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Your abdomen is more than just your stomach and six-pack (for us muscular types). It’s home to many of your vital organs—your intestines and bladder, the reproductive system, the quirky appendix, and more. So when pain strikes, it requires a bit of sleuthing.

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Pain below your ribs is usually indigestion, stomach ulcer, gallstones, or constipation. It can also be a sign of a disease in an abdominal organ or a fractured rib.
Appendicitis is an inflammation or infection in your appendix, a small pouch in the lower, right side of your belly. Surgery is usually required, but sometimes, when caught early, it can be treated with antibiotics.
A swollen abdomen is commonly caused by gastrointestinal issues that induce bloating. Some of these conditions include IBS, heartburn, bacteria in the intestines, or constipation. But there are more serious causes as well.
Pancreatitis is an inflammation of the pancreas that causes severe pain in the upper abdomen and nausea. Call your doctor or seek care immediately as it can be a medical emergency.
Pain around the belly button is often associated with the cecum, the appendix, ascending colon, right ovary and fallopian tube, or the right ureter.
Having abdominal pain after eating, also known as postprandial pain, is caused by a range of issues, but typically triggered by the foods you eat, like spicy or fatty foods.
Sharp abdominal pain could be caused by gas or could mean you need immediate medical attention. Learn about 10 causes for severe abdominal pain and understand whether or not to worry.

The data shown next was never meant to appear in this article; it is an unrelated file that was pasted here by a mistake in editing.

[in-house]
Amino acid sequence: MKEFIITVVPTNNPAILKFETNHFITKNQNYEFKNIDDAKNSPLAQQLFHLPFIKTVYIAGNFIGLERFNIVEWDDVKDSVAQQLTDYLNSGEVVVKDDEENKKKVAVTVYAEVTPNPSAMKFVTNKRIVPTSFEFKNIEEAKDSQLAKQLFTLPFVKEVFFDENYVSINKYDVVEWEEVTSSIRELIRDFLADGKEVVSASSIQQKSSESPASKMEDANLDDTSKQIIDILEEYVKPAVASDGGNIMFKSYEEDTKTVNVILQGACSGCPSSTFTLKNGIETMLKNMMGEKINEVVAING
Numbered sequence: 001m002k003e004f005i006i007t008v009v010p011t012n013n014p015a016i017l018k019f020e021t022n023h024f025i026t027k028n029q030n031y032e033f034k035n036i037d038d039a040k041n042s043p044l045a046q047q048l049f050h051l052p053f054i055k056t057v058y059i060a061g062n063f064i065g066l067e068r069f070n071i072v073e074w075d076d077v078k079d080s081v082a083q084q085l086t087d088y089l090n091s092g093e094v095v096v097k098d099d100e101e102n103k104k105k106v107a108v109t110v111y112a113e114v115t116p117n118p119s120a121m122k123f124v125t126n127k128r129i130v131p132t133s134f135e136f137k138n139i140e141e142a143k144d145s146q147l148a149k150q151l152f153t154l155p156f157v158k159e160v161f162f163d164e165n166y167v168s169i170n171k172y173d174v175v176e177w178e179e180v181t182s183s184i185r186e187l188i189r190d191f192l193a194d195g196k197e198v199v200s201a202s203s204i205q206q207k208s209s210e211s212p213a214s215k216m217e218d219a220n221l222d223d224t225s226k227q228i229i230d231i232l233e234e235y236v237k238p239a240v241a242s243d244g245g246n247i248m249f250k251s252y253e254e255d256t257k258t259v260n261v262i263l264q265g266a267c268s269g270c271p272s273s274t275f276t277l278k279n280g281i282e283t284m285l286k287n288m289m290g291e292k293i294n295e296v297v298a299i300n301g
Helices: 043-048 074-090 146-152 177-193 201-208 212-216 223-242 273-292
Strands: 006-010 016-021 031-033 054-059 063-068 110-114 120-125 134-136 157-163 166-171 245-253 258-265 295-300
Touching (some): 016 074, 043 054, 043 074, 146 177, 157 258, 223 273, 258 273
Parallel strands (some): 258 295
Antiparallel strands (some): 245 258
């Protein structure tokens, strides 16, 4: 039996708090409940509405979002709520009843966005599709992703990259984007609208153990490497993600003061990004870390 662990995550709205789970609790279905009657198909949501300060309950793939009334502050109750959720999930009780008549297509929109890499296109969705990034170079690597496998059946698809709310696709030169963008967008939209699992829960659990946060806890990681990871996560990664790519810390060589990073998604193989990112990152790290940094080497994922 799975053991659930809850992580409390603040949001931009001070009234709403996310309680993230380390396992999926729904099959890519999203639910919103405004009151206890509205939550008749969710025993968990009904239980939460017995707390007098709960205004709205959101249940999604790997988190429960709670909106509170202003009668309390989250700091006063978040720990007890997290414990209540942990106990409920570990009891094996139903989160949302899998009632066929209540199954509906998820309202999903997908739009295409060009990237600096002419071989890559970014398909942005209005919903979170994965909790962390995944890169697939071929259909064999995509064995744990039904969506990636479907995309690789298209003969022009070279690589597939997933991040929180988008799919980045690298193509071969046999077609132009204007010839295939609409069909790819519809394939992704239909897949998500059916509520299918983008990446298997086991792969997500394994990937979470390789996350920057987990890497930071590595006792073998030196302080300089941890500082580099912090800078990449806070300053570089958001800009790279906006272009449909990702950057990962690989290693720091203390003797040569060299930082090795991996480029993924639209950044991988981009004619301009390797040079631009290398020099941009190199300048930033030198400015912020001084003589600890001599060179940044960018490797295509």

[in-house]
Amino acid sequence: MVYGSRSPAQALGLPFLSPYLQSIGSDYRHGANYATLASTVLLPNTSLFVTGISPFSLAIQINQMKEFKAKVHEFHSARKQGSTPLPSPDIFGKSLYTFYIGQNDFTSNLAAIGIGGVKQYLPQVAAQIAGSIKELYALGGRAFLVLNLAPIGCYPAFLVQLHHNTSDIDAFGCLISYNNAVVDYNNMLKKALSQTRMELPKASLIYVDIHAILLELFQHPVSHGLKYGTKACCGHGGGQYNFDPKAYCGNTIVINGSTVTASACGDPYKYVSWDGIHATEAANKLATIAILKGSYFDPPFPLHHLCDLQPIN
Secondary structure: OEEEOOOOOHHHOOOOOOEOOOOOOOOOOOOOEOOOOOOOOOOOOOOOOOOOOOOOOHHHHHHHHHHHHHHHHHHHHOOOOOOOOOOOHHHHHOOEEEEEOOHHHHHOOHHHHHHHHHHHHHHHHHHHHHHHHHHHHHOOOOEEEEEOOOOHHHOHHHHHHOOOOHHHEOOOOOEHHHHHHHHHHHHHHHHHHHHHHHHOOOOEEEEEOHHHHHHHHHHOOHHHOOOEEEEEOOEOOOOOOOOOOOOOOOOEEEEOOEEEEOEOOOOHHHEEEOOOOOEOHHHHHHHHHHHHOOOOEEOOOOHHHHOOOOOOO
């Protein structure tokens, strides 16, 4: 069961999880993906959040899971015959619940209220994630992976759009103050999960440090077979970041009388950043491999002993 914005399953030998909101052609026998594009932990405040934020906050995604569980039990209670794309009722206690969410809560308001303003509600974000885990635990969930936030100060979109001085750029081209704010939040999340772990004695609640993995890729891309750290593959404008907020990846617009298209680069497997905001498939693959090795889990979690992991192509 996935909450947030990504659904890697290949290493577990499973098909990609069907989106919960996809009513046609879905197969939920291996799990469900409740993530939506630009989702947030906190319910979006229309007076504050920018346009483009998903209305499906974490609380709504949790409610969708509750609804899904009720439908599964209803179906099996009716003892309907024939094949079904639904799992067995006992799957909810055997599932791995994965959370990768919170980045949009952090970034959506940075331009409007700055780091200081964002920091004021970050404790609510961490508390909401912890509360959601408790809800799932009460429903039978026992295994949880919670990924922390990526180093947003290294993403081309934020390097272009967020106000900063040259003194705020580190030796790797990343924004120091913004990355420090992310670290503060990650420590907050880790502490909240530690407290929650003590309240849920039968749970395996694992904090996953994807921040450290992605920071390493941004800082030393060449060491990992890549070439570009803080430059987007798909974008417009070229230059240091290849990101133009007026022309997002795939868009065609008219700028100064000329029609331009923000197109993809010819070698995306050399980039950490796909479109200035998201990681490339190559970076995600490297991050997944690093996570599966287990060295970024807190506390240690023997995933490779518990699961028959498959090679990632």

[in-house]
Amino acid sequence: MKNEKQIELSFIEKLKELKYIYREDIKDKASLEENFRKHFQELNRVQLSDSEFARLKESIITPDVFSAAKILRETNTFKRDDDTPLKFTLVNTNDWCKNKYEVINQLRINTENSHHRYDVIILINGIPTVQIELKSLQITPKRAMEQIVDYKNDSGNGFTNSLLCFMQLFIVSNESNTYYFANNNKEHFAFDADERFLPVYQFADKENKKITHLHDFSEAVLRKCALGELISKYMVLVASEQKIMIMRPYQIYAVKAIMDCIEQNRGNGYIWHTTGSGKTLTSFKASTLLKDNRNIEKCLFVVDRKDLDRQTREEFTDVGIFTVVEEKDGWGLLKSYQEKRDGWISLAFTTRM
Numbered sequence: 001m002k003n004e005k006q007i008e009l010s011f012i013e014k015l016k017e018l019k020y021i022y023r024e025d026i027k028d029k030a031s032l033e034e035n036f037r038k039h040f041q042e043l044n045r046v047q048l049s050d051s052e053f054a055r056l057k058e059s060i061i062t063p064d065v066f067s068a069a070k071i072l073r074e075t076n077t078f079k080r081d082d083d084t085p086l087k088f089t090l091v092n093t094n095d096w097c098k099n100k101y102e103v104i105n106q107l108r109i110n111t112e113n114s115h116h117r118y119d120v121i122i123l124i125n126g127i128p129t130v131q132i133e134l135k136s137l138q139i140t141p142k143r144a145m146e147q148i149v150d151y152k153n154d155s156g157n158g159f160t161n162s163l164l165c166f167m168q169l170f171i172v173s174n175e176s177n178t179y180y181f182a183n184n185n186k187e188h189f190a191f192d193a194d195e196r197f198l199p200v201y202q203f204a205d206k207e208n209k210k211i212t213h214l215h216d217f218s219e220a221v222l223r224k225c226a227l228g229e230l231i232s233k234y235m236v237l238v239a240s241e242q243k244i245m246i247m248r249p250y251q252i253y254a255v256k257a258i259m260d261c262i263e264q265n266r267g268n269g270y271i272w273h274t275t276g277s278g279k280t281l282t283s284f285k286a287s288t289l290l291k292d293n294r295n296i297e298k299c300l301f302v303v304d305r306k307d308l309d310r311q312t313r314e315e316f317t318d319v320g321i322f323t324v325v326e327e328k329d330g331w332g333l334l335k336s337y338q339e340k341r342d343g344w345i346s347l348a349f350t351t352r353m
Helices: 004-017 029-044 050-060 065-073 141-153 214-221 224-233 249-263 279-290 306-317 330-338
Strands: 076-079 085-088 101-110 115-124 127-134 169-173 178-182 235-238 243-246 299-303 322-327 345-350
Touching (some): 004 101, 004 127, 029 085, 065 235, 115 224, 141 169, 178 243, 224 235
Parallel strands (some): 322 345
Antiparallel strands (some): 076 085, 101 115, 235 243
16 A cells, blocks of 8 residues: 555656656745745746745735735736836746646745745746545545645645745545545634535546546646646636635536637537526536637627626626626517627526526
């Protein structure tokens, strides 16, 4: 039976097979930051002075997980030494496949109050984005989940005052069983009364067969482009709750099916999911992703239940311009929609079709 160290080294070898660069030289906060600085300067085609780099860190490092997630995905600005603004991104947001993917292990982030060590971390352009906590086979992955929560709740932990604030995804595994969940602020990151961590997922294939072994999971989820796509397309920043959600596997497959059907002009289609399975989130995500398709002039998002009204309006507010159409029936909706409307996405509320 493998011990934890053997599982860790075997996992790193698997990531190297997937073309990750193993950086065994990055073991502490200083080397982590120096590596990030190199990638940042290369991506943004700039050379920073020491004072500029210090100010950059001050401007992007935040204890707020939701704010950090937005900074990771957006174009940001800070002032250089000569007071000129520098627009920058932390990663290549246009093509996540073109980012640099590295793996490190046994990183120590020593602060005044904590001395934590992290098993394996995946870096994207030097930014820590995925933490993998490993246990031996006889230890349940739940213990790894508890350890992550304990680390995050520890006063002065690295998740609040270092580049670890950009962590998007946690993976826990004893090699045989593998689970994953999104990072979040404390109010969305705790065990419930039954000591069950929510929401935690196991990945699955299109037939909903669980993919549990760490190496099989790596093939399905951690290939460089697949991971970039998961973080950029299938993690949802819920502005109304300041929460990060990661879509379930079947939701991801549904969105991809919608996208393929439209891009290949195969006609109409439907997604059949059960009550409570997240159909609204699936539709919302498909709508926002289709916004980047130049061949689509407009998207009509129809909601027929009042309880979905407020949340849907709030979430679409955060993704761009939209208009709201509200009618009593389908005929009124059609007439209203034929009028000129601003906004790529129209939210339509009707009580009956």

Abdominal pain is usually a sign of a common illness or infection. Other causes include indigestion, a stomach ulcer, IBS, or food poisoning.
Abdominal migraines cause abdominal pain, headache, nausea, and vomiting—mostly in children. Lifestyle changes reduce symptoms.

Abdominal pain by location

Abdominal lumps

Children experiencing a lump in the belly button may have a congenital anomaly, while belly button lumps in adults may be caused by a hernia, an inflammatory condition, or a mass.
A lump on the right side with no pain could be a sign of a skin abscess. A painful lump can be caused by ovarian cysts or uterine fibroids in women. Hernias might also cause a lump or bulge.
A mass or abdominal lump on the lower left abdomen can most commonly be caused by skin conditions like cysts, abscess, or growth of fatty tissue known as lipoma. If you have a lump that causes pain on the left side of the abdomen, you may also have a hernia or an ovarian cyst if you are female.

9 Causes of Acute Abdominal Pain

Acute abdominal pain is intense and hits you suddenly. The conditions that cause it, such as appendicitis and acute bowel obstruction, are medical emergencies. Some causes are life-threatening, so getting immediate treatment is crucial.
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Abdomen Itch: Symptoms & Causes

An itchy abdomen can be caused by a range of issues from contact dermatitis to shingles. Learn what the symptoms mean and how to treat it.
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